The Clinical Journal of Oncology Nursing (CJON) is dedicated to developing the profession’s next generation of experts and authors through the CJON Writing Mentorship Program. CJON will pair each selected fellow with a previously published author who has knowledge in the area of interest, and ONS will offer the support of a publishing staff member and librarian. The project is completed without travel over a period of nine months, and expenses are reimbursed.

The program recently eliminated its deadline in favor of year-round application, and it now offers even more rewards.

  • Get your byline published in a respected peer-reviewed publication that is read by more than 35,000 nursing colleagues, other healthcare personnel, and pharmaceutical professionals.
  • Establish yourself as an expert in a specific clinical topic.
  • Earn a scholarship to an ONS educational event.
  • Receive points toward oncology nursing certification renewal.
  • Be recognized in the ONS awards publication, at an ONS Congress reception, and in a letter to your employer.

For more information about the CJON Writing Mentorship Program, including eligibility criteria, visit the ONS Web site or contact ONS Staff Editor Keightley Amen at 412-859-6258 or kamen@ons.org.

 
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Cancer Genetics
Special Interest Group Newsletter  June 2009
 
   

ONS Connect Launches New Blog to Continue the Conversation

ONS Connect Launches New Blog to Continue the ConversationJoin the online conversation as ONS Connect’s new blog, RE:Connect, brings together a diverse group of oncology nurses talking about life at work and at home.

When ONS’s monthly news magazine, ONS Connect, was redesigned in 2007, some of the intent was to address the interests of those new to the field and provide quick news and information to busy professionals. RE:Connect offers an extension of these goals by establishing an online community for readers to talk about issues and share experiences that they deal with on a daily basis. The RE:Connect blog was launched in November in conjunction with ONS’s annual Institutes of Learning and Advanced Practice Nursing Conference.

ONS members have been tapped to initiate the dialogue by posting to the blog on a regular basis.

  • Erin Elphee, RN, MN, CON(C), primary clinic nurse for Lymphoma and Malignant Hematology Disease Site Groups at CancerCare Manitoba in Winnipeg, Canada
  • Kimberly George, MSN, RN, ACNS-BC, OCN®, adult health CNS in Wichita Falls, TX
  • Jeanine Gordon, RN, MSN, OCN®, clinical nurse specialist/nurse manager from Brooklyn, NY
  • Kari Wujcik, nursing student at Belmont University and a nurse extern in the pediatric intensive care and cardiology units at Monroe Carell Jr. Children’s Hospital at Vanderbilt University

These bloggers will share their thoughts about day-to-day challenges at work, juggling busy lives at home, and keeping up to date with the magnitude of information available for practicing nurses. Readers are encouraged to join in on the conversation and connect with other oncology nurse readers by posting their own stories, tips, ideas, and suggestions in the comments section at the end of each blog post.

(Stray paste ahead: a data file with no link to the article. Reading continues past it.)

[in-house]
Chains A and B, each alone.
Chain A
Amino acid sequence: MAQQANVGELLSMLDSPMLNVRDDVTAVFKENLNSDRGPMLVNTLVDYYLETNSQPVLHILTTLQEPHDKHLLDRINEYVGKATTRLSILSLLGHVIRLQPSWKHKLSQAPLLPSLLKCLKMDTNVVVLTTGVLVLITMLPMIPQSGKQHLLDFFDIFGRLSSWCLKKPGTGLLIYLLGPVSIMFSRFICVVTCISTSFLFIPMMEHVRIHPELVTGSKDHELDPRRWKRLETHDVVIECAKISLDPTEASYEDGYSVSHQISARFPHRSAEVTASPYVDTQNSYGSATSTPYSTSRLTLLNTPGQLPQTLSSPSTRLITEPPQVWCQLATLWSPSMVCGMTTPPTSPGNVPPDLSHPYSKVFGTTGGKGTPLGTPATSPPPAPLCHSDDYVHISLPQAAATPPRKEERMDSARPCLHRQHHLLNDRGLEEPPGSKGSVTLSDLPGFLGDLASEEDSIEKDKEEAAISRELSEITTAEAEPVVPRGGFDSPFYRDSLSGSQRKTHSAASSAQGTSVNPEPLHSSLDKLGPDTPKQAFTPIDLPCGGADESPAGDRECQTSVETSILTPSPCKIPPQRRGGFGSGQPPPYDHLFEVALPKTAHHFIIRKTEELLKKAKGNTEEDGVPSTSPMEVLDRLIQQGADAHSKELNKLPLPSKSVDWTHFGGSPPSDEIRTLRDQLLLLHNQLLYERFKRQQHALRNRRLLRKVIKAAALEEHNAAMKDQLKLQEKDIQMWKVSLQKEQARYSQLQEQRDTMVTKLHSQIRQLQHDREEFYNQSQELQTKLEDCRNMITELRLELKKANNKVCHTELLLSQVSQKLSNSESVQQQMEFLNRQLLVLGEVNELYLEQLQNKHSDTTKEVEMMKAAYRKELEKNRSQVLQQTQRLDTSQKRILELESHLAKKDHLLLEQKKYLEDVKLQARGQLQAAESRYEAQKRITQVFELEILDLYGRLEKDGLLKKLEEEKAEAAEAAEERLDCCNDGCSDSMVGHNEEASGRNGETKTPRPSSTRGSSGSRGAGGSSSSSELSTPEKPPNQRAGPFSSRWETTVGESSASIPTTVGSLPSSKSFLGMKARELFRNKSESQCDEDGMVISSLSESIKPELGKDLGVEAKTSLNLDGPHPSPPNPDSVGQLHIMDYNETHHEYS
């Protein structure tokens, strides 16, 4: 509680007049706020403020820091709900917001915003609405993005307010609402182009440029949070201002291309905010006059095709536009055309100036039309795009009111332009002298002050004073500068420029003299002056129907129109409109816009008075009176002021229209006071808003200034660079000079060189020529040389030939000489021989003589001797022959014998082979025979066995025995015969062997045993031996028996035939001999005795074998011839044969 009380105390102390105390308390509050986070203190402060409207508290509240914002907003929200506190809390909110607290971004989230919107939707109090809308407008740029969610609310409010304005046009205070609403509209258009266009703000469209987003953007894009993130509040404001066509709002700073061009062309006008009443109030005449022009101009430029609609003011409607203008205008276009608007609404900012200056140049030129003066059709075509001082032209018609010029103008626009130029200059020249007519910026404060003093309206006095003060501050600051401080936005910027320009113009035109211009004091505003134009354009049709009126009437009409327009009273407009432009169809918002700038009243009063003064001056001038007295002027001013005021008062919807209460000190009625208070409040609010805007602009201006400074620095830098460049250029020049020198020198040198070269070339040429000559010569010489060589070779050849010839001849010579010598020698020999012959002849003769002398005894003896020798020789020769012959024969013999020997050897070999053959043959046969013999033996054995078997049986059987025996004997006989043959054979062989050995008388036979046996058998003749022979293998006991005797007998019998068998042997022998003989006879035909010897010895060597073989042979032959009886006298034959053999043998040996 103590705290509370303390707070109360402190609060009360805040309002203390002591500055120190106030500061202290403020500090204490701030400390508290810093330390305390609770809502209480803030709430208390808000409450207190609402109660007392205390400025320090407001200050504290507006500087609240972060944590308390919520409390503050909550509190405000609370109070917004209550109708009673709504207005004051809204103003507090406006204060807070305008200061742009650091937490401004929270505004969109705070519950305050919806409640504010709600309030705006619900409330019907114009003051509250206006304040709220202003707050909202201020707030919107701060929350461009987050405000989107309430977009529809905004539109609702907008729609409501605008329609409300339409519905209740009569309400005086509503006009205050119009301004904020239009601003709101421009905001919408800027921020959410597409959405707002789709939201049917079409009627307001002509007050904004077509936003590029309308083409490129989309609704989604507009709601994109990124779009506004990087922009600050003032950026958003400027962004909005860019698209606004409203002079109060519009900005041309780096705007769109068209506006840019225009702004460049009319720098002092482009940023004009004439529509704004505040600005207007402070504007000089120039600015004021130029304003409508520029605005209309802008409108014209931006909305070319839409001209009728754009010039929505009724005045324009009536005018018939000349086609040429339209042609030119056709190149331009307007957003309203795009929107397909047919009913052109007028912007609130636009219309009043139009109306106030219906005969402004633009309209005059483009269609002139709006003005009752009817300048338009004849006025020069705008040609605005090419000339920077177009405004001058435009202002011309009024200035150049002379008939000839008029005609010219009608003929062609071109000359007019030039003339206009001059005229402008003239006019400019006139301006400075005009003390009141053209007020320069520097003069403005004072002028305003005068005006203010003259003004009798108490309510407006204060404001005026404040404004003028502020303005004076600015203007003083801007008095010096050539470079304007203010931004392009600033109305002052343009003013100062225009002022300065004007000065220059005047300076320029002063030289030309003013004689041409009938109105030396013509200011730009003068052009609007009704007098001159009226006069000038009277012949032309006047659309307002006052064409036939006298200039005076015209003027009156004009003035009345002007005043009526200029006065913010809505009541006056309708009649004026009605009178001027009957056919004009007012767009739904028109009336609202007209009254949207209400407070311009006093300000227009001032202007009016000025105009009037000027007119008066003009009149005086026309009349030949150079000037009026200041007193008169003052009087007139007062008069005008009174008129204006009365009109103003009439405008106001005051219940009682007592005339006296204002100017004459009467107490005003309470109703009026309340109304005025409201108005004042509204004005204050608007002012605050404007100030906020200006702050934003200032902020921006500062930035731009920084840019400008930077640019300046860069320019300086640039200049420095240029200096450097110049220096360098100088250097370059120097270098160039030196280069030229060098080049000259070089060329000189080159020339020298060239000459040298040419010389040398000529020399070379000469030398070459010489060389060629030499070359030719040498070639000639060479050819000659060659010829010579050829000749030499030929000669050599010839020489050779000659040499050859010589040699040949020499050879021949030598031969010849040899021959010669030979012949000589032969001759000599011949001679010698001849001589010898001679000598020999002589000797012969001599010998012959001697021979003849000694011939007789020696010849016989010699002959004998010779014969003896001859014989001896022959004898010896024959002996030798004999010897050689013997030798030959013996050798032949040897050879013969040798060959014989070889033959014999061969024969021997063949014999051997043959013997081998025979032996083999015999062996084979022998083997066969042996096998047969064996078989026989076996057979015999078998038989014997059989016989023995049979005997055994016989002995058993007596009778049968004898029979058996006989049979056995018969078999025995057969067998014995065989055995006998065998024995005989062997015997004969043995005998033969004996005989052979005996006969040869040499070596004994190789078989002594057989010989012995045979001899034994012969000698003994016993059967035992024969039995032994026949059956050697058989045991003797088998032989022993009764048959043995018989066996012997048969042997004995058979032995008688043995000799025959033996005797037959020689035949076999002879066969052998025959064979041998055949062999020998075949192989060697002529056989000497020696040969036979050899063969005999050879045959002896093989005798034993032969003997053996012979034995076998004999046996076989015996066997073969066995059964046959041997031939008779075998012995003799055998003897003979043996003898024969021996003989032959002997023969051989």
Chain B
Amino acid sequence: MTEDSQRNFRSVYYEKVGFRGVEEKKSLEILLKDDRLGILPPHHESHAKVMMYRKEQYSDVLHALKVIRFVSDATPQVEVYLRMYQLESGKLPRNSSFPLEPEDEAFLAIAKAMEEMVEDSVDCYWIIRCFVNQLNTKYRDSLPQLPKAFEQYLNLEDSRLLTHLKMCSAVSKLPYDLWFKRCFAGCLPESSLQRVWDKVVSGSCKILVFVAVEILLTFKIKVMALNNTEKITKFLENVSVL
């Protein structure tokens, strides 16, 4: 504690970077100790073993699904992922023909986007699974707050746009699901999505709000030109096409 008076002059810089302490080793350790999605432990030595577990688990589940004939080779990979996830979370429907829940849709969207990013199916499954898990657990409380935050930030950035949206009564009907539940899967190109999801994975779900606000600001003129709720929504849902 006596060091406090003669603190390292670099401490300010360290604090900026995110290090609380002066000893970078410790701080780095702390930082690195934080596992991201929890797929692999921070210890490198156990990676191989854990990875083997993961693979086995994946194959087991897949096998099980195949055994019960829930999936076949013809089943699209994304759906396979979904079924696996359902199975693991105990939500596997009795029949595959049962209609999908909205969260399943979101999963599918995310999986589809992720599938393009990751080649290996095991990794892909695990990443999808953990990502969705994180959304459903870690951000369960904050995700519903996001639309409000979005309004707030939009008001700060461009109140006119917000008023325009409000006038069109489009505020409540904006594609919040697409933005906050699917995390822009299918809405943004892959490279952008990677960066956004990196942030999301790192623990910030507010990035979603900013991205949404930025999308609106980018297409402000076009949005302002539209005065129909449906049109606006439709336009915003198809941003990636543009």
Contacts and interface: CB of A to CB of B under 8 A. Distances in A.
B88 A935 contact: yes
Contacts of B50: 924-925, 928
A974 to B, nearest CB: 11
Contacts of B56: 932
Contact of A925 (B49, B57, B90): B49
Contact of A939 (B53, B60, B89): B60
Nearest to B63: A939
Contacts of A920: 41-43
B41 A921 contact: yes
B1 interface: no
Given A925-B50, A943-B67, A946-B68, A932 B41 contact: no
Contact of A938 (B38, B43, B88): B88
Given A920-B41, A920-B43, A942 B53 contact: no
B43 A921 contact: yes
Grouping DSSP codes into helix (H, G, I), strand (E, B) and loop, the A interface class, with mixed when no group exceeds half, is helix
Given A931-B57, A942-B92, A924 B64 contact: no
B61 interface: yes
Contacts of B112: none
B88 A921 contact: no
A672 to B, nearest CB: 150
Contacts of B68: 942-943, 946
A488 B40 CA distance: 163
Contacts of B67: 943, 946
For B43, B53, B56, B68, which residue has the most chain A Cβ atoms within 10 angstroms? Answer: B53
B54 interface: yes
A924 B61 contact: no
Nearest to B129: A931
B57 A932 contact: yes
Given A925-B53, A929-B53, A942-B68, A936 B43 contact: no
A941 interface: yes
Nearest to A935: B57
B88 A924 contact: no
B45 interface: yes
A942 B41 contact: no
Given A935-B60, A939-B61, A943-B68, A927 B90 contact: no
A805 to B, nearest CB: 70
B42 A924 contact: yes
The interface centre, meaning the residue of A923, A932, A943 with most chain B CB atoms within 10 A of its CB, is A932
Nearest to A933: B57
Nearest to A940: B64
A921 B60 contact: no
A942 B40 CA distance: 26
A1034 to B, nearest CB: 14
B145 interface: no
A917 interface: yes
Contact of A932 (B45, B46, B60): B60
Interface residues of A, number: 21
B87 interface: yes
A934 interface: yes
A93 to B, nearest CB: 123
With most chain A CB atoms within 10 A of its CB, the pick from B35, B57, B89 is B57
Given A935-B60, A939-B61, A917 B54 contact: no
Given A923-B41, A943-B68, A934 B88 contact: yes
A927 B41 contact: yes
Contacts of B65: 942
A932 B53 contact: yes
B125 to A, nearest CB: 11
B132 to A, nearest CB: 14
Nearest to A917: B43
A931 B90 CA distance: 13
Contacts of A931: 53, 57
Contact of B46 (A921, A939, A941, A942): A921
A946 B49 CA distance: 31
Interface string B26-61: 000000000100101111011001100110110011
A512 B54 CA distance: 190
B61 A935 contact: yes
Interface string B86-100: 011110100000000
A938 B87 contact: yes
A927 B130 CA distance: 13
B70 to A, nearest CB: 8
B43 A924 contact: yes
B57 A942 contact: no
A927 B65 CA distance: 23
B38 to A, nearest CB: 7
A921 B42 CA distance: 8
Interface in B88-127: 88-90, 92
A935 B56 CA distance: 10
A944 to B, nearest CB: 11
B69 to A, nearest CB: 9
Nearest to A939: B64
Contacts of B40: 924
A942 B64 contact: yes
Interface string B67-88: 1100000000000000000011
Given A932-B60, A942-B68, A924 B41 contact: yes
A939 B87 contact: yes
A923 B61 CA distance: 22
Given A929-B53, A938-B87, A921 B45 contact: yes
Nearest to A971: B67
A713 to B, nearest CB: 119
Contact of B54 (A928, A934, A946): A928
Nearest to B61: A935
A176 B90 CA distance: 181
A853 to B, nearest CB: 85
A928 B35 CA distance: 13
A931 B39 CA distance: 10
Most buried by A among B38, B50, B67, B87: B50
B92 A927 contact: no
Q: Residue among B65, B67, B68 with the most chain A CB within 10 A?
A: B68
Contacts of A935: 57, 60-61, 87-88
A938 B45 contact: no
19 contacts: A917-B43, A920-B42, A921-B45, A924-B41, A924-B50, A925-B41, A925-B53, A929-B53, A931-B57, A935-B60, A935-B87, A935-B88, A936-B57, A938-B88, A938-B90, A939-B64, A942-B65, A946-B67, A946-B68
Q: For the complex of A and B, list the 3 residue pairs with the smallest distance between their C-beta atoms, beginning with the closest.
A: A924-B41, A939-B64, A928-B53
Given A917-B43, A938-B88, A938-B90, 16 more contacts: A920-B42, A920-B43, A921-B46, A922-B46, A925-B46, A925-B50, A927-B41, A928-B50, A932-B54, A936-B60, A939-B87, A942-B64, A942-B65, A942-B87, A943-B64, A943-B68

Check out RE:Connect today, and share this link with your friends and colleagues!

 
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Cancer Genetics
Special Interest Group Newsletter  June 2009
 
   

ONS Social Media Sites of Interest

ONS Social Media Sites of InterestDo you want up-to-the-minute information about the next conference? Would you like to network with other oncology nurses? Do you want to stay in touch with other ONS members? Now, it’s easier than ever because ONS has joined social media sites that help you do all of this and more. Sign-up is free and easy, and you always can control your privacy settings. Already have an account? Share your story, and make the most of all these sites have to offer. Be sure to invite others to join as well.

ONS is now on Facebook!

  • Oncology Nursing Month is in May and ONS wants you to share your stories. As an oncology nurse, you take on the role of teacher, listener, and shoulder to lean on. You help people through some of the most trying times of their lives. Celebrate and share the work you do.

ONS is now on Twitter!

  • Twitter is a free service that lets you keep in touch with people through the exchange of quick, frequent answers to one simple question: What are you doing? Join today to start receiving ONS’s updates.
 
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Cancer Genetics
Special Interest Group Newsletter  June 2009
 
   

ONS Connect Puts Evidence Into PracticeONS Connect Puts Evidence Into Practice

Have the ONS PEP cards changed the way you practice nursing? In the April issue of ONS Connect, read how ONS members have worked the PEP cards into their own practice.

 
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Cancer Genetics
Special Interest Group Newsletter  June 2009
 
   

Membership Information

SIG Membership Benefits

  • Network with colleagues in an identified subspecialty area around the country.
  • Contribute articles for your SIG’s newsletter.
  • Participate in discussions with other SIG members.
  • Contribute to the future path of the SIG.
  • Share your expertise.
  • Support and/or mentor a colleague.
  • Receive information about the latest advancements in treatments, clinical trials, etc.
  • Participate in ONS leadership by running for SIG coordinator-elect or join SIG work groups.